Written by: Nitah Onsongo
July 10, 2015
It was a great opportunity to get to network with Lankan Angel Network (LAN) though Mr Jeevan Gnanam, the founding director who is also the CEO to Orion City, a company in Sri Lanka. LAN has about 70 members with a few of them being overseas. The Lankan Angel Investors run an incubation center where there are pitching sessions from upcoming young entrepreneurs every 2nd Thursday of each month. We were privileged to get a chance to take our GSL students to witness the entrepreneurs pitching to the investors. 8 LAN investors were present and 7teams presented each allocated 5minutes of presentation and 5minutes of questions.
Our students appreciated getting to attend the session and comparing themselves to the entrepreneurs who presented. They also got to network with the entrepreneurs. Some of the teams about 3 were able to get investors interested in their ideas.
There was a noticeable trend in the questions investors posed on the teams after their presentations. Listed below are some of them:
1. Do you have a budget?
2. How much funding do you want from us?
3. How much more time do you need before your systems are up and fully functional?
4. Have you heard of so and so? They run the same application/system in the USA etc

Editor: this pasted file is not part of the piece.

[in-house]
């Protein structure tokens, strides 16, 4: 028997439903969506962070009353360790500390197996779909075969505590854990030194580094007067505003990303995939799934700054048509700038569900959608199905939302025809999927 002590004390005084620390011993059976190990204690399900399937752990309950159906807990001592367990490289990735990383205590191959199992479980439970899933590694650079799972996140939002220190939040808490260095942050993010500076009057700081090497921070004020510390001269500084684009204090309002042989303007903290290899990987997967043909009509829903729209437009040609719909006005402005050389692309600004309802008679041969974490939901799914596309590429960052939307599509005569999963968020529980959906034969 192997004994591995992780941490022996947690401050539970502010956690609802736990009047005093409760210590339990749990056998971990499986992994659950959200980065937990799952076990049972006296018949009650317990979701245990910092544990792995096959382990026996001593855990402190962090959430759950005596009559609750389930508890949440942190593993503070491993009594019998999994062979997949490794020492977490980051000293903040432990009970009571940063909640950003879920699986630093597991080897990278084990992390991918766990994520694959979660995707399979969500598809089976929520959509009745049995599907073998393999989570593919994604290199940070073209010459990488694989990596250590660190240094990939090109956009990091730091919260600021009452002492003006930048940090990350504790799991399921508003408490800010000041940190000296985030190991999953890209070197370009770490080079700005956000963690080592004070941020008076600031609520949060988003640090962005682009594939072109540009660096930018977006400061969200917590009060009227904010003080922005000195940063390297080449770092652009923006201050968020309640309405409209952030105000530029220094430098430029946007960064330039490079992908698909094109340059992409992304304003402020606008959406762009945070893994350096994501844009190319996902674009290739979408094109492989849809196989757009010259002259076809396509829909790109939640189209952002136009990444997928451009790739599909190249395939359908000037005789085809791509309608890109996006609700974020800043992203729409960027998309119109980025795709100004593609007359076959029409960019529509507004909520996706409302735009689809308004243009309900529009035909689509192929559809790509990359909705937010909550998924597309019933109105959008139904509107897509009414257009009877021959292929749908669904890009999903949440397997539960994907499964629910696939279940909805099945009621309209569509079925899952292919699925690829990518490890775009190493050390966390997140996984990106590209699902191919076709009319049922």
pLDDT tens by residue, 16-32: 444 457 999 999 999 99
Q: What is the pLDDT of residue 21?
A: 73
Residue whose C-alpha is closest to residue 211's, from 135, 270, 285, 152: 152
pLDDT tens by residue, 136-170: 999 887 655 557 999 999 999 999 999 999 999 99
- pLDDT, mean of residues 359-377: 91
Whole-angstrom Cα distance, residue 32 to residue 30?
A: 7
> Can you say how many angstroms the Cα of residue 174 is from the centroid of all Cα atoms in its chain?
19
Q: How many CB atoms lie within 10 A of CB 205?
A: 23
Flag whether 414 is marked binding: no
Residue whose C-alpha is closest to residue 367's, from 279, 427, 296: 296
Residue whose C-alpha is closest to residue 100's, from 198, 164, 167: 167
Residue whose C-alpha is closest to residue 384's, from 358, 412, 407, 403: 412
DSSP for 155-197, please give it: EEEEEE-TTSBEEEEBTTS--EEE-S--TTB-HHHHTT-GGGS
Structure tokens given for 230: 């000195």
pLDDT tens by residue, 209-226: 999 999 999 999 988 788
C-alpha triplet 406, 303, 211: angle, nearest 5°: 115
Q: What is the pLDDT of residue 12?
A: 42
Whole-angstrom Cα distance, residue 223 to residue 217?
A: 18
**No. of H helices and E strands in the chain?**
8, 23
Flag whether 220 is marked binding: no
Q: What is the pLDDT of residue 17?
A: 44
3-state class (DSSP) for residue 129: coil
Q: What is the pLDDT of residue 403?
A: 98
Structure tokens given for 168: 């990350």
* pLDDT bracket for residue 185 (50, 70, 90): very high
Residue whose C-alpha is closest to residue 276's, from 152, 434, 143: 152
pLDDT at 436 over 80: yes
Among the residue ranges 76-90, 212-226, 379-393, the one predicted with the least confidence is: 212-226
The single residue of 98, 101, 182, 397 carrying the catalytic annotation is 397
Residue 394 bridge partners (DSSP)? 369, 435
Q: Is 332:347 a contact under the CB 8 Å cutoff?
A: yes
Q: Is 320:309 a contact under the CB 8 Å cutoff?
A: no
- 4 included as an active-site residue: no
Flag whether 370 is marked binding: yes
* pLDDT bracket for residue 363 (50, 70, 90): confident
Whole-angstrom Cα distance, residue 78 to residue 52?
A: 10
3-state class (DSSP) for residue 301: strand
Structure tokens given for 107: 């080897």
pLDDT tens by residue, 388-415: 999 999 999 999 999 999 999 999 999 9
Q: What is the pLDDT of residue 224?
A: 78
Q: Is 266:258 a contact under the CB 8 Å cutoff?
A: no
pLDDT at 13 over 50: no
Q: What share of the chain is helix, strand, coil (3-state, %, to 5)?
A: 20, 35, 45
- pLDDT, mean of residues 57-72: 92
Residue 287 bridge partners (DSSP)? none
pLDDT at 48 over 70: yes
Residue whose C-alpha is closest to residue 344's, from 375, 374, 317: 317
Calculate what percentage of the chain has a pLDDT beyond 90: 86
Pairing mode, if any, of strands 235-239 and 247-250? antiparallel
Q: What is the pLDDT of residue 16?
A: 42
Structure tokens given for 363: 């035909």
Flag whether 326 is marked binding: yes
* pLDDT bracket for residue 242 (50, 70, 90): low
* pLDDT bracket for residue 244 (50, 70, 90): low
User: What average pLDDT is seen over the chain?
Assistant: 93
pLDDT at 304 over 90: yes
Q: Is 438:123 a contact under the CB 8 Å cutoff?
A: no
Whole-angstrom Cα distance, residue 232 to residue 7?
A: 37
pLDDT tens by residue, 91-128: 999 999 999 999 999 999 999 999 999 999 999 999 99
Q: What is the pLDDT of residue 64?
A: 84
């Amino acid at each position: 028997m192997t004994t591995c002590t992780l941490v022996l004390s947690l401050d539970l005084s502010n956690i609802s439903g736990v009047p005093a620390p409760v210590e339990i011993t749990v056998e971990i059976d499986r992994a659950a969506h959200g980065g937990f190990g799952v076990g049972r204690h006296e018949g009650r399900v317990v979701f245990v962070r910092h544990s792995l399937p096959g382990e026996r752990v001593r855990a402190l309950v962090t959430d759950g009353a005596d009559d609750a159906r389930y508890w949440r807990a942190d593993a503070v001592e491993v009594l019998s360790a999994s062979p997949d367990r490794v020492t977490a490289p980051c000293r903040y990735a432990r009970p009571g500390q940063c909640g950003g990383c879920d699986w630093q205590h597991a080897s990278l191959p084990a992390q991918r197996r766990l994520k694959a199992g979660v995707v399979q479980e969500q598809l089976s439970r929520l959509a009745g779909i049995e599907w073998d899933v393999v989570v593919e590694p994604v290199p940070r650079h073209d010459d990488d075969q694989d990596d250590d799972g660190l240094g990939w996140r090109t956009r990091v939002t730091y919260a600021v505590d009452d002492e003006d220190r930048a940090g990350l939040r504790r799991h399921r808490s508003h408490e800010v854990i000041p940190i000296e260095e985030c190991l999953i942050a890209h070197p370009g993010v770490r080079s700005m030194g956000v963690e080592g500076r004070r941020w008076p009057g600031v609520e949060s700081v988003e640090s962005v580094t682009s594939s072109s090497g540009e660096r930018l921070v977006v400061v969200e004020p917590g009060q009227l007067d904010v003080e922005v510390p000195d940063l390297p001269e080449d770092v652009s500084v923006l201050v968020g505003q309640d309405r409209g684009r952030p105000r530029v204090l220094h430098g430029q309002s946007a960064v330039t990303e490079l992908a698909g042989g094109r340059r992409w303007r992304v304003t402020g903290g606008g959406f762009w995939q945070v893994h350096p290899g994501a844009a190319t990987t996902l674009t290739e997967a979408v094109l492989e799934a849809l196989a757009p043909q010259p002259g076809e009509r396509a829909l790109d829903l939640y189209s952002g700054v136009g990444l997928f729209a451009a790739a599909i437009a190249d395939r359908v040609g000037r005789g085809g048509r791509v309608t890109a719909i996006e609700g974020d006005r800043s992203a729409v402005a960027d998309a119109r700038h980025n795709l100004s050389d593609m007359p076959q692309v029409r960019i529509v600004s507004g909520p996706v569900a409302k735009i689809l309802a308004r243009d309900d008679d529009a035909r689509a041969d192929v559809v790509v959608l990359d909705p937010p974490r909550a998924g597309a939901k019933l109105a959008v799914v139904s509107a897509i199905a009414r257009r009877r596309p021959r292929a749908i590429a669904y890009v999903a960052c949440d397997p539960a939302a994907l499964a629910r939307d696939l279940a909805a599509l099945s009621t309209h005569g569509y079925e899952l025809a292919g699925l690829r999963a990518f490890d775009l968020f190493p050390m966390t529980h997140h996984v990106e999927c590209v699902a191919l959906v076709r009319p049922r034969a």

5. Is your prototype working?
6. What do you need the funds for? Is it completing development? Marketing? Or launching?
7. Are you going to be working full time on this product if you get funding?
8. Have you talked to any customer who is willing to pay for your application/product?
Some teams were well equipped with clear precise answers while for others it was evident they had not done thorough work. The teams that attracted investors interests were those that had answers to all the questions. Additionally, their public speaking skills were polished i.e.
1. Their problem statements were coherent and well scoped/quantified.
2. Whoever pitched was audible and clear
3. Their presentation slides were well put together
4. They also dint bore the investors with too much repetition
5. The teams looked knowledgeable on their finances
6. The teams had a paying/willing customer
7. They had prototypes; more than 70% of development completed
8. Had a launch date
9. Had NUMBERS
10. Had a project plan and timelines
11. Had citations
12. Had answers to all questions asked
13. Gave a good first impression to a number of the investors
What was catching was also the fact that all teams had some similarities. In that all involved USSD applications, web applications, location based systems and android/ios platforms. The teams wanted funding mainly for marketing purposes using billboards, posters, websites and sms. Teams were also well balanced in terms of skill sets. Overall, it was a good networking event not only for the students but also for us the instructors. We hope our students got to have a preview of what Demo day would be like and gain the confidence to keep working and do better than what they saw.